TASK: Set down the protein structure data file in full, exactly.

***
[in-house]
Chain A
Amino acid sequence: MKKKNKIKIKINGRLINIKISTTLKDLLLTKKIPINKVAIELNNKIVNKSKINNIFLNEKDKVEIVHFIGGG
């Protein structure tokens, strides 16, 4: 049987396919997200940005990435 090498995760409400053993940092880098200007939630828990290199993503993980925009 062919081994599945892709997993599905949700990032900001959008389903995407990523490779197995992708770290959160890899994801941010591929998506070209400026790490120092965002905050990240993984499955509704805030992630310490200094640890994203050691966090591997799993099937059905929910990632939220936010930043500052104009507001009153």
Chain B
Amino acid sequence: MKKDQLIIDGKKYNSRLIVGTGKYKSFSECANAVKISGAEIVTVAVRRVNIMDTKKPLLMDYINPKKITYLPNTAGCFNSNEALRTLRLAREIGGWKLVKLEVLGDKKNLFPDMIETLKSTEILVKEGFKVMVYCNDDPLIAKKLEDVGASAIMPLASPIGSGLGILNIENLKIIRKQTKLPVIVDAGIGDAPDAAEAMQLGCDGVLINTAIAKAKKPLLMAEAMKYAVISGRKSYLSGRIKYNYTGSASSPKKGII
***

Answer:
[in-house]
Chain A
Amino acid sequence: MKKKNKIKIKINGRLINIKISTTLKDLLLTKKIPINKVAIELNNKIVNKSKINNIFLNEKDKVEIVHFIGGG
């Protein structure tokens, strides 16, 4: 049987396919997200940005990435 090498995760409400053993940092880098200007939630828990290199993503993980925009 062919081994599945892709997993599905949700990032900001959008389903995407990523490779197995992708770290959160890899994801941010591929998506070209400026790490120092965002905050990240993984499955509704805030992630310490200094640890994203050691966090591997799993099937059905929910990632939220936010930043500052104009507001009153």
Chain B
Amino acid sequence: MKKDQLIIDGKKYNSRLIVGTGKYKSFSECANAVKISGAEIVTVAVRRVNIMDTKKPLLMDYINPKKITYLPNTAGCFNSNEALRTLRLAREIGGWKLVKLEVLGDKKNLFPDMIETLKSTEILVKEGFKVMVYCNDDPLIAKKLEDVGASAIMPLASPIGSGLGILNIENLKIIRKQTKLPVIVDAGIGDAPDAAEAMQLGCDGVLINTAIAKAKKPLLMAEAMKYAVISGRKSYLSGRIKYNYTGSASSPKKGII